The Significance Of Rosie The Riveters' Existence

  • Words 844
  • Pages 2
Download PDF

Our country’s history contains many unique and fascinating stories. Some are sad, involving many deaths of innocent people and soldiers who fought for our country and its citizens. Others tell major life changing points in our country that bring joy to its people, like the Civil Rights Act of 1964, when segregation had finally ended and America’s people could be freely united. And then there are specific people, or figures, who had a large positive impact on people and their views, and are still commonly recognized in modern times. They were significant beings who helped to make a difference in our country and were influential to their followers. One of those popular figures was Rosie the Riveter.

Rosie was created to encourage women to join the workforce during World War 2. Her iconic toned figure with her caption, “We Can Do It!” sparked a new, individual flame in the lives of millions of women. Women sought out to become ‘Rosies’ themselves, and joined the U.S aircraft industry. Groups such as the WASPS and WAVES were created and known for their tasks of ferrying planes, transporting cargo, aerial practice, and providing support as naval reservists. Women were not seen as strong and independent figures in the past. The fact that Rosie was flexing her arm and held a confident posture was a subtle message that women had just as much capability of contributing to forces outside the home as men did. She served as a propaganda campaign, and industries like the munitions used her as an illustration to draw the attention of women who wanted to join the workforce. By 1943, four years after the war had begun, women made up 65% of the industry’s whole workforce. Rosie was the ‘It’ girl, and the most successful and popular image to showcase working women throughout the World War 2 era.

Click to get a unique essay

Our writers can write you a new plagiarism-free essay on any topic

With such an ideal and exemplary figure like Rosie, comes inquiries about her. One commonly asked question is: Who is her true identity? The question poses multiple possible remarks, and does not contain a simple answer. It was believed for many years that Rosie was inspired by a woman named Geraldine Hoff Doyle. She was from Michigan, and had a job in a Navy machine shop during the war. However, other people said that Rosie was Rose Will Monroe. The claims made sense considering how their names were nearly identical and Rose worked as a riveter at the Willow Run Bomber Plant, located near Detroit. However, the best tied relation Rosie had, and the one that had the most credible claims, was with Naomi Parker Fraley. She was pictured while working in a machine shop at the Naval Air Station in Alameda, California. In the photo, which was taken in 1942, Naomi was wearing a familiar polka-dotted bandana.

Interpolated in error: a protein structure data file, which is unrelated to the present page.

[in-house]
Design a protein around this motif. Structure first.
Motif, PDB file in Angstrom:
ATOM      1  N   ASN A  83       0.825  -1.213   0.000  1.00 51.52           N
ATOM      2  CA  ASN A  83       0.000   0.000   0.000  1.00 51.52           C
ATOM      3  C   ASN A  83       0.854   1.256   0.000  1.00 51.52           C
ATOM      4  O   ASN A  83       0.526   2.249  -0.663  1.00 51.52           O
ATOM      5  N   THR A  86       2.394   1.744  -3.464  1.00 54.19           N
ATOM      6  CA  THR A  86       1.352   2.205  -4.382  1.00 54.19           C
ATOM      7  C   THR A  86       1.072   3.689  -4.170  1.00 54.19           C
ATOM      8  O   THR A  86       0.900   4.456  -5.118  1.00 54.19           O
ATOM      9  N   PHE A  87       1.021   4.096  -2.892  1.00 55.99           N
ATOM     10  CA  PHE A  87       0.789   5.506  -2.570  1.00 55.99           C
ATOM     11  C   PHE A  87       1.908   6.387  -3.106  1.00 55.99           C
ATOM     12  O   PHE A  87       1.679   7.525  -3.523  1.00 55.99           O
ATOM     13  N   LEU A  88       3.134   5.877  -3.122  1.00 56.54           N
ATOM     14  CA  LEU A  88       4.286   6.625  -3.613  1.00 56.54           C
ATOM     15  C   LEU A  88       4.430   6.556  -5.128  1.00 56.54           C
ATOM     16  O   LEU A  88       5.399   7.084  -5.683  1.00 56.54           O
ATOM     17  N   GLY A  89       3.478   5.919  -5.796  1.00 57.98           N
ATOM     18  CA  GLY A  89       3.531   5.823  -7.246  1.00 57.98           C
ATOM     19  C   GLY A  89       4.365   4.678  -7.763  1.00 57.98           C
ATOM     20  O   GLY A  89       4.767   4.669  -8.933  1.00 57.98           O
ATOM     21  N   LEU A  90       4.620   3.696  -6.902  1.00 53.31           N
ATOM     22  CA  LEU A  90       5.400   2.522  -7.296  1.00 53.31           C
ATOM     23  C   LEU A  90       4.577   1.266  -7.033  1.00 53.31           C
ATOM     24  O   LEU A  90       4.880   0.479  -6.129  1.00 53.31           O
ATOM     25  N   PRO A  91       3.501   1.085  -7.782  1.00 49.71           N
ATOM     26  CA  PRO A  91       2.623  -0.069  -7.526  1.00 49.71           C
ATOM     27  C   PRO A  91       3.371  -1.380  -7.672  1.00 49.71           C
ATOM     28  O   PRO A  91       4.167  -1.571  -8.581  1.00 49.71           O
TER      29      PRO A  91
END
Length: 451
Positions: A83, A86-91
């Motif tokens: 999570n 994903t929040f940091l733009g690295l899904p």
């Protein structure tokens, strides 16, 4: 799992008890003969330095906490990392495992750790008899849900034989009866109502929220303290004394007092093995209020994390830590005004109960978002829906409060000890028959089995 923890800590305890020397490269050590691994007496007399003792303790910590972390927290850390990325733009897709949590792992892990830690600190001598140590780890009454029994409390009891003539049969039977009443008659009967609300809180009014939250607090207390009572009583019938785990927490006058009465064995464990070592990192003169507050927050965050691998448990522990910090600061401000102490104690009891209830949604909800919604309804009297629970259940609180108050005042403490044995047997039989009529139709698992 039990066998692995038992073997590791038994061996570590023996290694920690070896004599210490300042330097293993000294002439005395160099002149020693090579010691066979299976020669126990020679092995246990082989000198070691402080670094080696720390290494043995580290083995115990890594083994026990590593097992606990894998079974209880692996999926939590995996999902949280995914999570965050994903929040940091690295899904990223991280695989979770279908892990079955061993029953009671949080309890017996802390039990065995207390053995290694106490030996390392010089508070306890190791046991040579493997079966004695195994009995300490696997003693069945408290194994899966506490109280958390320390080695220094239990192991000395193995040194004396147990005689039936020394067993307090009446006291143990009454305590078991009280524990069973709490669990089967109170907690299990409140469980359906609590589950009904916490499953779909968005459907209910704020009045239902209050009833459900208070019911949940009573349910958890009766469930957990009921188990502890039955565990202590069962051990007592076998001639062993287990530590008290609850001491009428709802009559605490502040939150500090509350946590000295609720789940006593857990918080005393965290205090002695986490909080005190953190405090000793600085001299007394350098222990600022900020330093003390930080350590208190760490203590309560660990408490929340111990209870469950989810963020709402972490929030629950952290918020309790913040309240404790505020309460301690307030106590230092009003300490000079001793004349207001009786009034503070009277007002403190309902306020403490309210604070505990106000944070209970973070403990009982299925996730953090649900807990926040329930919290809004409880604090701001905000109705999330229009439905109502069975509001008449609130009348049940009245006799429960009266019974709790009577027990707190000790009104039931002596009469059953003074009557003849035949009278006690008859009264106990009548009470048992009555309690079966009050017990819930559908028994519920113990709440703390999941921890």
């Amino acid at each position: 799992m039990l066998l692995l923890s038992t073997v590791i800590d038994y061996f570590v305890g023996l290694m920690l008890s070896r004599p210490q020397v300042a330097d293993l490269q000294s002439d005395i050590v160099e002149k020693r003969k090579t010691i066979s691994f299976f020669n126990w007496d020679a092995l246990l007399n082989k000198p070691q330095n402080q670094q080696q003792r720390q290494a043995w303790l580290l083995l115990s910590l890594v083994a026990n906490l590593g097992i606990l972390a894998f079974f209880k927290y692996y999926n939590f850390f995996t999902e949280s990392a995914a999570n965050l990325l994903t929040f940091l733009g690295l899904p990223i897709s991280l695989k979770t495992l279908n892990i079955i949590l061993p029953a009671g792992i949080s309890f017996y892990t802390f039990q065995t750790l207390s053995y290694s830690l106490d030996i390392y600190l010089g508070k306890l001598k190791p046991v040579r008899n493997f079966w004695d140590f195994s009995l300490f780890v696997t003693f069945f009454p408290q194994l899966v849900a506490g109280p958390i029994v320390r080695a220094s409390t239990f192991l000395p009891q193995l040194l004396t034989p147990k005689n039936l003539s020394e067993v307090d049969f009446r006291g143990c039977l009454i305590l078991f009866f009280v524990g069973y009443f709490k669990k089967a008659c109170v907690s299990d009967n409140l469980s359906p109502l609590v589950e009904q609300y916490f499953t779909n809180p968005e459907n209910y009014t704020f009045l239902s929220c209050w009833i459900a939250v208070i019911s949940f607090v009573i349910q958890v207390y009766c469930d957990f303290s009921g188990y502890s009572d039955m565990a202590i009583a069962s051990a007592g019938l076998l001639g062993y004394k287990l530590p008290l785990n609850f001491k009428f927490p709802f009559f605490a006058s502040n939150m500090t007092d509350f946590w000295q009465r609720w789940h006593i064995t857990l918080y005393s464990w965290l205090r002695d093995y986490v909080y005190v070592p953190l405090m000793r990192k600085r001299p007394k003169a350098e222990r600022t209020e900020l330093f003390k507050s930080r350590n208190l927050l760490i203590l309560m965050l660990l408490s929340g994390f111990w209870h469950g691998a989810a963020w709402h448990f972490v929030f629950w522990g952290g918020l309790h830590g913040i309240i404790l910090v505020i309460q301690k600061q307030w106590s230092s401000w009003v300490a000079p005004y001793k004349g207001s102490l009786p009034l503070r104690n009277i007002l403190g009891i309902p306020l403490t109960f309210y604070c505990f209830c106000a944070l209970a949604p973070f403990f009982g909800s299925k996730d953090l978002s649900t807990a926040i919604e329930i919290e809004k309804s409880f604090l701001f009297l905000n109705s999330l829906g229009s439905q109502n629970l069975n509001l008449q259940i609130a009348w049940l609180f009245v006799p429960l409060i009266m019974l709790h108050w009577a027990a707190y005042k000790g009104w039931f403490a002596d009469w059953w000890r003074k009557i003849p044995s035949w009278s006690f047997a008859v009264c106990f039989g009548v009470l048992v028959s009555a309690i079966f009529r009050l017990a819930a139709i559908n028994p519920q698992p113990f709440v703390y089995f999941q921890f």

Rosie continued to do her job long after World War 2 ended. Although women were beckoned to aid the country during the war, the call was not meant to be permanent, and have women leave their jobs after the war was over. Those who kept their occupations received less pay than their male counterparts, and were demoted to encourage the trend that they were no longer needed and it was time to return home. But no amount of reduced pay and demoted positions could take away what the women had represented themselves as in the war; they were powerful people who could no longer be deemed ‘inferior’ to men. Rosie’s existence encouraged women to go out of their comfort zone and participate in activities that society had told them was wrong to do all their lives, and they now craved to do more of it. The riveter gal was like the little voice inside women’s heads to keep fighting, but not in a war: Keep fighting to expand their identities as humans who can bring change to the country. There was even a song created by Redd Evans and John Jacob Loeb in 1943, called “Rosie the Riveter”. Norman Rockwell drew his own version of Rosie, and his illustration featured on the cover of The Saturday Evening Post in 1943. His depiction of Rosie showed her being more muscular and in a blue jumpsuit. She had a red bandana in her hair and was eating a sandwich. Norman scrawled ‘Rosie’ on the lunch box of the woman, enabling Rosie the Riveter to be placed in America’s memory and recognition.

The significance of Rosie’s existence is a fascinating story. She is a prime example of how women can arise and make a stand for themselves. She is no doubt one of the most influential figures for so many people in history. Despite not knowing her official matriarch, it is safe to say she was created based on all women. Her importance affected those during her birth and after her time, passing down the message that men can not be seen as superior over women. She opens up the steps to eliminating gender discrimination and making equal pay for women. There will never be an iconic figure that brought so much change like her.


We use cookies to give you the best experience possible. By continuing we’ll assume you board with our cookie policy.